One of the most common questions potential clients ask is should I file for divorce first or should I wait until my wife files? In general, the ultimate outcome of the case is not determined by who files first. A court will try and equitably divide the assets and debts no matter which side brings the case. Likewise, child custody and visitation issues are based on the child’s best interest, not who filed the Petition for Divorce. So, if the outcome is not greatly impacted by filing first, why does it matter who files?
Of course, each case is unique but there are at least three good reasons to file first in most cases.
One, the party who files first sets the agenda in the case. At trial, the party who files the Petition (the “Petitioner”) gets to present his or her evidence first. As a result, they control the order the court considers the issues and they get the first opportunity to convince the court how to rule. The party who did not file the Petition (the “Respondent”) gets to present their evidence second. But the Petitioner then gets the opportunity to rebut. As a result, the Petitioner often gets to have the first and last word at trial. The court first learns about the case from the Petitioner so the issues the Petitioner feels most strongly about become the issues the court is most concerned about. Although this may not drastically alter the result (most divorce cases end in a split of assets that is relatively 50-50 between the parties) it does mean the Petitioner has the opportunity to influence how the assets are distributed. In other words, you may get the same dollar value worth of assets either way but the Petitioner is better able to influence the judge to award him or her their first choice of assets. For example, if the martial home has $50,000 worth of equity we assume each party will end up with around $25,000 when the case is finalized. The Petitioner has the first chance to convince the judge that he or she should get to keep the home and the Respondent should get his or her share of the proceeds as cash or other property. The big picture result is the same – each party gets $25,000 from the value of the home – but the specific outcome of the house may be drastically affected.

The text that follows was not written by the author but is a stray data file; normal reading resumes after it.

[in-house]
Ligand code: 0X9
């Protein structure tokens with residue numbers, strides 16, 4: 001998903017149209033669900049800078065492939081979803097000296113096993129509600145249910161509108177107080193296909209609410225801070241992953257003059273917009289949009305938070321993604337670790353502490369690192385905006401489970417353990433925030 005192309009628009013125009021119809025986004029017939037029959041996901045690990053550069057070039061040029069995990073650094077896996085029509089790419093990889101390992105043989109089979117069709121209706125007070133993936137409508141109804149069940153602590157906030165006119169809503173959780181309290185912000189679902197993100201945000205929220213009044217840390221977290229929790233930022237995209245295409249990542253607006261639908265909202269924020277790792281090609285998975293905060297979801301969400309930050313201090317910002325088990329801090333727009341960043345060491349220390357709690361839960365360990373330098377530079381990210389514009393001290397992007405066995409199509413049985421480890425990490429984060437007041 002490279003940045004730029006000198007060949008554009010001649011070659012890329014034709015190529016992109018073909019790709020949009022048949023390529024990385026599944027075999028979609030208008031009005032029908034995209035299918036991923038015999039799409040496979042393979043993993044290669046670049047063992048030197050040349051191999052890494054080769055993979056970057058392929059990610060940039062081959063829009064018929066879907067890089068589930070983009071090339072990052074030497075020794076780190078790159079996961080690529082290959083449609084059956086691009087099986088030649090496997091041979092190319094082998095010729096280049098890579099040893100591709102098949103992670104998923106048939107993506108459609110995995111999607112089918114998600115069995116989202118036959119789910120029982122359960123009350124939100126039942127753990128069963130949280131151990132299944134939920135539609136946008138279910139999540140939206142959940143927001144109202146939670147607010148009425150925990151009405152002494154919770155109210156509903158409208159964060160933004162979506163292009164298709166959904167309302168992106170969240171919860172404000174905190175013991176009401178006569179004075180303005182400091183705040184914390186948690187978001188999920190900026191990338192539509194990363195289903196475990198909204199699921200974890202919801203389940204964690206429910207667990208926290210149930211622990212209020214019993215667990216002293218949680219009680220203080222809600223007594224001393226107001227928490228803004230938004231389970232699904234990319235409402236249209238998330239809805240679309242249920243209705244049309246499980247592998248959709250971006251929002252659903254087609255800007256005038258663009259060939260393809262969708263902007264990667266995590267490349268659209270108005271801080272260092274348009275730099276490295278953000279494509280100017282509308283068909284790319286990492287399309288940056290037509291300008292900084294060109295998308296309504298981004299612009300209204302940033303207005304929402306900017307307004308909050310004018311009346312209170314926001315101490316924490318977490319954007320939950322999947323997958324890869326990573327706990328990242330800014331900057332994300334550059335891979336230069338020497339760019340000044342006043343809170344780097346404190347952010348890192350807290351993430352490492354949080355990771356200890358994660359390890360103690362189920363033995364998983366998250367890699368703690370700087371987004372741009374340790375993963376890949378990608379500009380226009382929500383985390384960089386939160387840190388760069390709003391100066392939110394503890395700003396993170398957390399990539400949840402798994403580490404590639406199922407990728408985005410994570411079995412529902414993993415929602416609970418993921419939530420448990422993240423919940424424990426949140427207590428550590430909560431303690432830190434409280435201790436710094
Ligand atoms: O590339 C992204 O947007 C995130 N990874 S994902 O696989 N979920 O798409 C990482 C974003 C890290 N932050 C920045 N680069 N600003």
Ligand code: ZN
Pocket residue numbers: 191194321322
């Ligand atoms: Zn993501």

Two, the party who files the Petition has the opportunity to ask the court to grant temporary orders at the start of the case. These orders can be amended or revoked by the court while the case is still pending. But, the Petitioner can get the orders they want at the start. For example, the Petitioner can, and often does, ask for exclusive possession of the home and/or residential custody of the children. The Respondent may be served with the Divorce Petition and an order to immediately move out of the house at the same time. The Respondent can ask the court to amend the orders, and the court will usually hold a hearing within a short period of time, but until the hearing the orders remain in place. In fact, many people are so concerned their spouse will obtain such an order that they go ahead and file a basic Petition first and do not seek orders for themselves. They simply want to win the “race to the courthouse” to ensure they will not be evicted without any advance notice. Three, there can be a psychological benefit to filing and controlling the case. The Respondent often feels like they are always on defense, responding to the moves made by the Petitioner.
Even though the outcome may not change if you file first, the perception of the process can be very different depending on whether you are the Petitioner or the Respondent. Quite often one spouse does not want to file the Petition for Divorce because they are afraid this will make it look like they are giving up on the marriage or their family. A very common concern is that the children will think the divorce is their fault if they file the Petition. If your spouse is going to blame you for filing the Petition they will probably still blame you if you do not file the Petition. It is just as easy to tell people you caused the divorce because you never listened or caused arguments or stayed out too late as it is to say the divorce is your fault because you filed the Petition.
Furthermore, your children will usually remember how you handle the process, not who initiated the process. Finally, if you later decide the filing was unnecessary you can always dismiss the case. Over the course of any marriage there will be difficult spots. Just because there are difficulties does not mean one side needs to file a Petition for Divorce. But, if the relationship has deteriorated significantly and you believe your spouse is about to file, it may be a good idea to consult a domestic relations attorney and consider filing first. Filing first may not change the ultimate outcome but it can reduce your short term stress. In my experience as a domestic relations attorney I have worked with several clients who were upset they did not file first; I have never worked with a client who was upset they did.
Ken McRae is a Cordell & Cordell, P.C. attorney practicing exclusively in family law in the firm’s Overland Park, Kansas office.